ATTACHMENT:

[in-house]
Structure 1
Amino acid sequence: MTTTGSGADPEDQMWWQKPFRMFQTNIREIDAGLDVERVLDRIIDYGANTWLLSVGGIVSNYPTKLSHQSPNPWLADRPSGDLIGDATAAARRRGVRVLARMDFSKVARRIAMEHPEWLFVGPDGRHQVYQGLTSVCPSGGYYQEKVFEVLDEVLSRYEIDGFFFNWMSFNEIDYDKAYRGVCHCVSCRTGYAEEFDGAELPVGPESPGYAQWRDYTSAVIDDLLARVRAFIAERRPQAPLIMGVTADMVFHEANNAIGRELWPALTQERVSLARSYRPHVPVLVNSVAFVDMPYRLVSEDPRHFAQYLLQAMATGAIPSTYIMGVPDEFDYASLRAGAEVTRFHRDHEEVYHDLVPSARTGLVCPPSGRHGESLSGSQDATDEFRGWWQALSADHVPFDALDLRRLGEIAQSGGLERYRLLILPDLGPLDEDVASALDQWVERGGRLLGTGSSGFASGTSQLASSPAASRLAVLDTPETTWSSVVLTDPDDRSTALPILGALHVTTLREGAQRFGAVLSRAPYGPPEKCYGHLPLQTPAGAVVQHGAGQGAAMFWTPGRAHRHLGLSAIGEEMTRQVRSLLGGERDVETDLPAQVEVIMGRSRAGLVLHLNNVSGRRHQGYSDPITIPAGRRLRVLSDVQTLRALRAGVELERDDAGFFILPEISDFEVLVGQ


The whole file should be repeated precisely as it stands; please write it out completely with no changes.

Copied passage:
[in-house]
Structure 1
Amino acid sequence: MTTTGSGADPEDQMWWQKPFRMFQTNIREIDAGLDVERVLDRIIDYGANTWLLSVGGIVSNYPTKLSHQSPNPWLADRPSGDLIGDATAAARRRGVRVLARMDFSKVARRIAMEHPEWLFVGPDGRHQVYQGLTSVCPSGGYYQEKVFEVLDEVLSRYEIDGFFFNWMSFNEIDYDKAYRGVCHCVSCRTGYAEEFDGAELPVGPESPGYAQWRDYTSAVIDDLLARVRAFIAERRPQAPLIMGVTADMVFHEANNAIGRELWPALTQERVSLARSYRPHVPVLVNSVAFVDMPYRLVSEDPRHFAQYLLQAMATGAIPSTYIMGVPDEFDYASLRAGAEVTRFHRDHEEVYHDLVPSARTGLVCPPSGRHGESLSGSQDATDEFRGWWQALSADHVPFDALDLRRLGEIAQSGGLERYRLLILPDLGPLDEDVASALDQWVERGGRLLGTGSSGFASGTSQLASSPAASRLAVLDTPETTWSSVVLTDPDDRSTALPILGALHVTTLREGAQRFGAVLSRAPYGPPEKCYGHLPLQTPAGAVVQHGAGQGAAMFWTPGRAHRHLGLSAIGEEMTRQVRSLLGGERDVETDLPAQVEVIMGRSRAGLVLHLNNVSGRRHQGYSDPITIPAGRRLRVLSDVQTLRALRAGVELERDDAGFFILPEISDFEVLVGQ